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Protests ahead of governors' meeting in jobs row at University of Portsmouth

8 July 2019

Staff and students will be protesting at the University of Portsmouth from 12pm on Wednesday over plans to cut jobs in the faculty of science. Protestors will be lobbying members of the board of governors as they arrive for their meeting at 2pm at the St Andrew's Court building.

UCU said it wanted the board of governors to use its influence to halt the planned science department job cuts. There are 123 academic posts at risk in the faculty of science and the union fears up to 50 jobs could go.

Last month the union declared an official trade dispute with the university over the plans to cut jobs. UCU said it wanted the university to rule out compulsory job cuts and implement a voluntary redundancy scheme.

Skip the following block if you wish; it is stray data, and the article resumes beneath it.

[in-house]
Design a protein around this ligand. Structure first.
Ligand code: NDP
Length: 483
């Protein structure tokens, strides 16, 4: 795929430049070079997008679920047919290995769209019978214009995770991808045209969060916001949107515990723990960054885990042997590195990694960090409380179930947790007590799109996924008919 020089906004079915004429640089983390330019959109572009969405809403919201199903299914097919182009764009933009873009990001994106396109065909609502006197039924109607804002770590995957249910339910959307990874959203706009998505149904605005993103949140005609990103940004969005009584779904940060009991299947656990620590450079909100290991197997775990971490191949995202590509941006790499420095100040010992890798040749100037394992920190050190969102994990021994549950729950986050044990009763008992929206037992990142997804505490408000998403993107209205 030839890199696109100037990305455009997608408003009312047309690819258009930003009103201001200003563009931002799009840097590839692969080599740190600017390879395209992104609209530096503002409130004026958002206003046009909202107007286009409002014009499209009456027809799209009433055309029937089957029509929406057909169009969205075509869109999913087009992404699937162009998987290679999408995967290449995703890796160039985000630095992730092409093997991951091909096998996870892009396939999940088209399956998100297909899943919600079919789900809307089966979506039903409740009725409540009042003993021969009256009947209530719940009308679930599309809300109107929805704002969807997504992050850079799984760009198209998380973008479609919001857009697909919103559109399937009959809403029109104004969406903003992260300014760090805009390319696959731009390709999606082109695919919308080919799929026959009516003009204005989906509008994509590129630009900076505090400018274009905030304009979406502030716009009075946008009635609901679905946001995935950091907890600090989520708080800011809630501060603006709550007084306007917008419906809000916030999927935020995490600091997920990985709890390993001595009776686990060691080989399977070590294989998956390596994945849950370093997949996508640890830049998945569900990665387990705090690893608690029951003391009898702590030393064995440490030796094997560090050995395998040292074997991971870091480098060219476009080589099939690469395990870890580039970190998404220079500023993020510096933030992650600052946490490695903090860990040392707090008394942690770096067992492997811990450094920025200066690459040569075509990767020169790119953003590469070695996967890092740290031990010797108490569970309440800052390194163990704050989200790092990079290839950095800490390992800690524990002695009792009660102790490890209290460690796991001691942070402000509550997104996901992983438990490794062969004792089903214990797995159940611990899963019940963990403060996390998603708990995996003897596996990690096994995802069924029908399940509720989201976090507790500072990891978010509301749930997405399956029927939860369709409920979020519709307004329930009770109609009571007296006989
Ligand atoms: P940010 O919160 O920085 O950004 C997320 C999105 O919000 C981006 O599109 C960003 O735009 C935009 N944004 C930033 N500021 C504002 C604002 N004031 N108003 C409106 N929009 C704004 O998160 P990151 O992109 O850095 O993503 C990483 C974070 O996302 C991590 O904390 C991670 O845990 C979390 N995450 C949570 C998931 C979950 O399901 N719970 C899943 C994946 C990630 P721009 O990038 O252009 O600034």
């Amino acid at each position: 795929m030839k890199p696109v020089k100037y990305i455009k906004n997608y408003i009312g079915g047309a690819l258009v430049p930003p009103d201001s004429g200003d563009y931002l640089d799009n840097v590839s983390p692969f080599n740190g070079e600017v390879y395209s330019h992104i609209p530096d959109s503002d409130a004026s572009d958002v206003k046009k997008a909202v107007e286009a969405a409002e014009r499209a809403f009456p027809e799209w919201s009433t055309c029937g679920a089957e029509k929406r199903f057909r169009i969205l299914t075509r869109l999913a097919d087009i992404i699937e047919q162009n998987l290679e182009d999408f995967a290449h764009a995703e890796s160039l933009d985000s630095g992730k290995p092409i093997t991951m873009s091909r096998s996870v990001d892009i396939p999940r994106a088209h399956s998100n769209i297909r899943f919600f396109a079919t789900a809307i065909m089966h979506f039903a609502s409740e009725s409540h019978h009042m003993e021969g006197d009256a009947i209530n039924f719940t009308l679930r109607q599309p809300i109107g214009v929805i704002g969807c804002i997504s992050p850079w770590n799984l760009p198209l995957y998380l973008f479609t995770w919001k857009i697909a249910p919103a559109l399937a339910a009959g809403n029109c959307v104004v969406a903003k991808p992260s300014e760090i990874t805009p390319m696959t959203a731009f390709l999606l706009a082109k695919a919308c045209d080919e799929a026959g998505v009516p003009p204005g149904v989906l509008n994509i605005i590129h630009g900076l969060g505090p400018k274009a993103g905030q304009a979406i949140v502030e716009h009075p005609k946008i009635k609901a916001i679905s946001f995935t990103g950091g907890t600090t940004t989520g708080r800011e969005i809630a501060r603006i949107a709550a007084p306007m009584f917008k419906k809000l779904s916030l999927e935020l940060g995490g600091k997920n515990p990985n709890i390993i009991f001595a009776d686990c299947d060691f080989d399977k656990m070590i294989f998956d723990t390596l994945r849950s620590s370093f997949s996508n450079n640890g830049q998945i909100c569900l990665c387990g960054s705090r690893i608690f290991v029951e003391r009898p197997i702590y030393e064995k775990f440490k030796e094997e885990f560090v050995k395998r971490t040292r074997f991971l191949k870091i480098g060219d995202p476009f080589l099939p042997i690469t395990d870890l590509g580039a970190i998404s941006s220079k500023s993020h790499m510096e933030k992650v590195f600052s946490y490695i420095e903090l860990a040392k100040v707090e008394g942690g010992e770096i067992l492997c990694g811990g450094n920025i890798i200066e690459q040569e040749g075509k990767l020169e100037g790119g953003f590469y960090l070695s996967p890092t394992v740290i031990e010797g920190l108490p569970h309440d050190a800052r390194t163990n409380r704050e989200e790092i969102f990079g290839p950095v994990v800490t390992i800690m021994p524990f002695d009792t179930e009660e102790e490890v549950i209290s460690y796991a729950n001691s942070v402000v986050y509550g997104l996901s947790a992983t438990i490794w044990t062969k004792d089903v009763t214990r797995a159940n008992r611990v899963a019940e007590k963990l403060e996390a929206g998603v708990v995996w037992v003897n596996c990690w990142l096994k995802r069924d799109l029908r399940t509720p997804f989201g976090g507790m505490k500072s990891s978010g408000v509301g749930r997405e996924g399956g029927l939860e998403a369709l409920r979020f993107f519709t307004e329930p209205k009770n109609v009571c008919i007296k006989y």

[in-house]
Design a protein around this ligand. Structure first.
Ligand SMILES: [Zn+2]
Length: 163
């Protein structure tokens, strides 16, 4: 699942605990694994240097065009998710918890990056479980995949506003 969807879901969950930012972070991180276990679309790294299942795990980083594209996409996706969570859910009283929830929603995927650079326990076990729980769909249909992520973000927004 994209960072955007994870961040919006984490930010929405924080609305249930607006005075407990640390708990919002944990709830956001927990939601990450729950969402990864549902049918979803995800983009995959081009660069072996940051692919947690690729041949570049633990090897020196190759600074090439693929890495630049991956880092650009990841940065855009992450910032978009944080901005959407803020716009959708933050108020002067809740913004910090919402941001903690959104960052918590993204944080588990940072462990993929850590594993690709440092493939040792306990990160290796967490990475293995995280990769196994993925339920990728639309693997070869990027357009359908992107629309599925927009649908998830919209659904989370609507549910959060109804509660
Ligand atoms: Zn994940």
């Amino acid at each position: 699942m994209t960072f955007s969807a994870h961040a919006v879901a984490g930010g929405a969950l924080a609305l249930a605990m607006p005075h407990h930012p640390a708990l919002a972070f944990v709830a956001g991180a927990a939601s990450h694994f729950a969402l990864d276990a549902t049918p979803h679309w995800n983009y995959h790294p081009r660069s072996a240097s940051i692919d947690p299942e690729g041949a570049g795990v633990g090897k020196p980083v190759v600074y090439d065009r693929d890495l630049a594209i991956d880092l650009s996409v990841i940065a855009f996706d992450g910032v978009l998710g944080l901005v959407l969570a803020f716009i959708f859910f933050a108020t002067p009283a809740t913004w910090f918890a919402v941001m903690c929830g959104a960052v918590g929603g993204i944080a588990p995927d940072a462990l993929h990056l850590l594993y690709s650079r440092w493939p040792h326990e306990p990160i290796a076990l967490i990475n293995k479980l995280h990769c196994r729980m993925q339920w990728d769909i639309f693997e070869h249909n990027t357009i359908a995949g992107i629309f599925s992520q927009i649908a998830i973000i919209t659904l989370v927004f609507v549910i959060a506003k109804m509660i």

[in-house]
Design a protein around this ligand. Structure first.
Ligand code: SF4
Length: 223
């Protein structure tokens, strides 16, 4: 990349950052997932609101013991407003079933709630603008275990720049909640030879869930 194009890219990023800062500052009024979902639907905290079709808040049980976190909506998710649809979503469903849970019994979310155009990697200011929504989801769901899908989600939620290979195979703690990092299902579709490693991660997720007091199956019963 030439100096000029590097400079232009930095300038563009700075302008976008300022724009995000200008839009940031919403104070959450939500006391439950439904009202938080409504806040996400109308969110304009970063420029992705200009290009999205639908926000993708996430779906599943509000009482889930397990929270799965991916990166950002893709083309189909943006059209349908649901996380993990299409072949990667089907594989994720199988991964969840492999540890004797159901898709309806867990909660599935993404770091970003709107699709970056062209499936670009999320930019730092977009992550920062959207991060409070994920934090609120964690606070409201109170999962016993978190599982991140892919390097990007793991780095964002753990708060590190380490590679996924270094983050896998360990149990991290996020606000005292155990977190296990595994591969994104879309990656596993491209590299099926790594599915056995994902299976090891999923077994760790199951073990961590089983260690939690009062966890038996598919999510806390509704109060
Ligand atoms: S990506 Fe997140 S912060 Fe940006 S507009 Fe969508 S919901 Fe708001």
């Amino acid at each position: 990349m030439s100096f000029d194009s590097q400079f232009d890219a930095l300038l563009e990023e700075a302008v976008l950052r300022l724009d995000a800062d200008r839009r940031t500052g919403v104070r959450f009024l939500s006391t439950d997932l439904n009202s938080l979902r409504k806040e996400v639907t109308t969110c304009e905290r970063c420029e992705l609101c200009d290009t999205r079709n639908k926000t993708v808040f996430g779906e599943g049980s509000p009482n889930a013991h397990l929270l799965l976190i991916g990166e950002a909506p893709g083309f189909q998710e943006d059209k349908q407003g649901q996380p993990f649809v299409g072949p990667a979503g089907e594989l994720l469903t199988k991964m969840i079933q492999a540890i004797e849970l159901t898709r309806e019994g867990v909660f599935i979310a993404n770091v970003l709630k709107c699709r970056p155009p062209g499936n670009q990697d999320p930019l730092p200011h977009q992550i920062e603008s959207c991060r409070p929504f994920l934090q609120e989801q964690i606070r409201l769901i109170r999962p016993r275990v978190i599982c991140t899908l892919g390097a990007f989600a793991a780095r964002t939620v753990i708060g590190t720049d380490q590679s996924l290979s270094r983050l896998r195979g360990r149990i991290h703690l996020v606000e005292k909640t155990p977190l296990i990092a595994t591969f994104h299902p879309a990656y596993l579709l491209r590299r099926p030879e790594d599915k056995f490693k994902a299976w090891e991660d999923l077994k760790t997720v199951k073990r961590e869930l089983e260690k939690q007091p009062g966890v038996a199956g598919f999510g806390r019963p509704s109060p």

Following protests at the start of June, the university proposed an increase in severance for staff being made compulsorily redundant. However, union members overwhelmingly rejected that offer and warned a strike ballot was likely if the university did not remove the threat of compulsory redundancies.

UCU said students would ultimately be hit hardest by the loss of experienced staff. It said that the strong link between teaching and research had always been one of the university's strengths and was central to its gold ranking for teaching excellence.

UCU regional official Moray McAulay said: 'UCU members have made it quite clear that they do not accept the university's plans for compulsory redundancies and overwhelmingly rejected a tweaked severance deal from the university.

'If the University of Portsmouth does not rule out compulsory redundancies then it is difficult to see how we can avoid a ballot for strike action amongst UCU members. The ball is in the university's court and staff and students want to impress the urgency of the issue on the governors this week.

'The decision to cut experienced staff will hit students and risks damaging the university's reputation. The link between teaching and research has always been one of the university's strengths and is central to its gold ranking for teaching excellence.'